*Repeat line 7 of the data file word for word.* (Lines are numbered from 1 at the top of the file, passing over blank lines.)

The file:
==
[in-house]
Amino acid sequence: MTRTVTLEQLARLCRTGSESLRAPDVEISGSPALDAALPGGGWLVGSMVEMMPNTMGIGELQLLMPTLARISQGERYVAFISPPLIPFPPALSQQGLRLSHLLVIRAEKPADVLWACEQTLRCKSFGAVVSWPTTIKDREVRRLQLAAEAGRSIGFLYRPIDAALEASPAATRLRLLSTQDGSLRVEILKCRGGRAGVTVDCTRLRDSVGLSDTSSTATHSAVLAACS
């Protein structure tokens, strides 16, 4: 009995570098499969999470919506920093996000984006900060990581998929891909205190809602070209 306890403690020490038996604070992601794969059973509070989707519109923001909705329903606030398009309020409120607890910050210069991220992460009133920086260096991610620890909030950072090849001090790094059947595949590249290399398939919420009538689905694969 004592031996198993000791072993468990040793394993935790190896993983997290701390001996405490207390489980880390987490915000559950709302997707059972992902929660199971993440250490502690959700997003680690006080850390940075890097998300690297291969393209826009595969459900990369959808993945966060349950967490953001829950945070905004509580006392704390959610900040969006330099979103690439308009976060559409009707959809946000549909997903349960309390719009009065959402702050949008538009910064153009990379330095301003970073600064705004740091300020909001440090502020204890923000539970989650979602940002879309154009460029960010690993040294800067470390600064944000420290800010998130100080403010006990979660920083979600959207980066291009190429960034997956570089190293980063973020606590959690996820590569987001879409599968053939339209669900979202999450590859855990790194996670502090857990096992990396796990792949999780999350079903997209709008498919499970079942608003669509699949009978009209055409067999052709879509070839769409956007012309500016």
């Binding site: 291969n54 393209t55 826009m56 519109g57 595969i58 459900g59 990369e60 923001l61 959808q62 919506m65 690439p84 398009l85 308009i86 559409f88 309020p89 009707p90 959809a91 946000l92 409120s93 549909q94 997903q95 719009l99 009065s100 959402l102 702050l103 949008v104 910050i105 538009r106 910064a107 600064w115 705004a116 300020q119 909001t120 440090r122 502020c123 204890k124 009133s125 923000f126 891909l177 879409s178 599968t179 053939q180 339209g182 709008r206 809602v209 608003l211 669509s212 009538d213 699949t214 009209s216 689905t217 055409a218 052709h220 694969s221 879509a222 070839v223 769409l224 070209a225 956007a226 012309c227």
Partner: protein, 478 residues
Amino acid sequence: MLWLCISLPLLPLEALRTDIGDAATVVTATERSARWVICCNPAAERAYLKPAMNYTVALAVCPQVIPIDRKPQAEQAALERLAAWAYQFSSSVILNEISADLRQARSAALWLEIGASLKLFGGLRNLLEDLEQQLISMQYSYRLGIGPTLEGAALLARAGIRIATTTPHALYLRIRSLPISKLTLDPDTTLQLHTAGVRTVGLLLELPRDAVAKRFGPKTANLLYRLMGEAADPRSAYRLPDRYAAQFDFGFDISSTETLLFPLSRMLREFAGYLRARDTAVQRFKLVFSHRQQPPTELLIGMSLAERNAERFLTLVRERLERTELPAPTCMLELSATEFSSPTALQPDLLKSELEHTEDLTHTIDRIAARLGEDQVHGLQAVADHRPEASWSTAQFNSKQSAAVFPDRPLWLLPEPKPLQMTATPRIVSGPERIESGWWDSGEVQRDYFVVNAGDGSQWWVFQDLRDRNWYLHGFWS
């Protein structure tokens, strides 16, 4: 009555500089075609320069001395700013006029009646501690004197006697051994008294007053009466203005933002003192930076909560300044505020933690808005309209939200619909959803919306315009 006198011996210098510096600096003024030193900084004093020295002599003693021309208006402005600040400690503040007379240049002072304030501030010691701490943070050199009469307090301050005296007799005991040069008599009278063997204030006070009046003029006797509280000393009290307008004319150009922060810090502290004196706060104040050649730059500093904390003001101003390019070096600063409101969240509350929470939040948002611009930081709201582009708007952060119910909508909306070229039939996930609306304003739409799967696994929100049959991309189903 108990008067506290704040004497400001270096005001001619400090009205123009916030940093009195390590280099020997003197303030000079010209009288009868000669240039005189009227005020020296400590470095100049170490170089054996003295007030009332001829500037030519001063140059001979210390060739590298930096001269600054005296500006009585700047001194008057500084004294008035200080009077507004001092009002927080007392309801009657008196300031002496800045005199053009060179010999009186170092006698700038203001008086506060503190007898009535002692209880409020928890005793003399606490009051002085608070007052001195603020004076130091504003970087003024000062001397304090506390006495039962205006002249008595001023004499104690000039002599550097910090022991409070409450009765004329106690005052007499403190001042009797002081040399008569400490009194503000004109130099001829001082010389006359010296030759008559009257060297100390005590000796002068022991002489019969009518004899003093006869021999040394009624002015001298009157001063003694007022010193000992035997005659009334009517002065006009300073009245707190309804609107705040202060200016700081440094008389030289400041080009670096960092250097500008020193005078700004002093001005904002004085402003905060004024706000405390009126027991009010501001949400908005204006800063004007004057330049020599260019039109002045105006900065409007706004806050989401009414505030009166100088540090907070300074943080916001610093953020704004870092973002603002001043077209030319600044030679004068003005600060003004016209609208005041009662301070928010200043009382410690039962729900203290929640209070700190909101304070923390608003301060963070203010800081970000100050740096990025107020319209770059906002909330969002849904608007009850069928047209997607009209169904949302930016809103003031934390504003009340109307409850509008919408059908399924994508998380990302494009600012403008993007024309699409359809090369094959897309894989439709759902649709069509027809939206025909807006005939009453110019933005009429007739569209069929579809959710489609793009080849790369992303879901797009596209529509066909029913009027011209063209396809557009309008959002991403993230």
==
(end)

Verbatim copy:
């Protein structure tokens, strides 16, 4: 009555500089075609320069001395700013006029009646501690004197006697051994008294007053009466203005933002003192930076909560300044505020933690808005309209939200619909959803919306315009 006198011996210098510096600096003024030193900084004093020295002599003693021309208006402005600040400690503040007379240049002072304030501030010691701490943070050199009469307090301050005296007799005991040069008599009278063997204030006070009046003029006797509280000393009290307008004319150009922060810090502290004196706060104040050649730059500093904390003001101003390019070096600063409101969240509350929470939040948002611009930081709201582009708007952060119910909508909306070229039939996930609306304003739409799967696994929100049959991309189903 108990008067506290704040004497400001270096005001001619400090009205123009916030940093009195390590280099020997003197303030000079010209009288009868000669240039005189009227005020020296400590470095100049170490170089054996003295007030009332001829500037030519001063140059001979210390060739590298930096001269600054005296500006009585700047001194008057500084004294008035200080009077507004001092009002927080007392309801009657008196300031002496800045005199053009060179010999009186170092006698700038203001008086506060503190007898009535002692209880409020928890005793003399606490009051002085608070007052001195603020004076130091504003970087003024000062001397304090506390006495039962205006002249008595001023004499104690000039002599550097910090022991409070409450009765004329106690005052007499403190001042009797002081040399008569400490009194503000004109130099001829001082010389006359010296030759008559009257060297100390005590000796002068022991002489019969009518004899003093006869021999040394009624002015001298009157001063003694007022010193000992035997005659009334009517002065006009300073009245707190309804609107705040202060200016700081440094008389030289400041080009670096960092250097500008020193005078700004002093001005904002004085402003905060004024706000405390009126027991009010501001949400908005204006800063004007004057330049020599260019039109002045105006900065409007706004806050989401009414505030009166100088540090907070300074943080916001610093953020704004870092973002603002001043077209030319600044030679004068003005600060003004016209609208005041009662301070928010200043009382410690039962729900203290929640209070700190909101304070923390608003301060963070203010800081970000100050740096990025107020319209770059906002909330969002849904608007009850069928047209997607009209169904949302930016809103003031934390504003009340109307409850509008919408059908399924994508998380990302494009600012403008993007024309699409359809090369094959897309894989439709759902649709069509027809939206025909807006005939009453110019933005009429007739569209069929579809959710489609793009080849790369992303879901797009596209529509066909029913009027011209063209396809557009309008959002991403993230």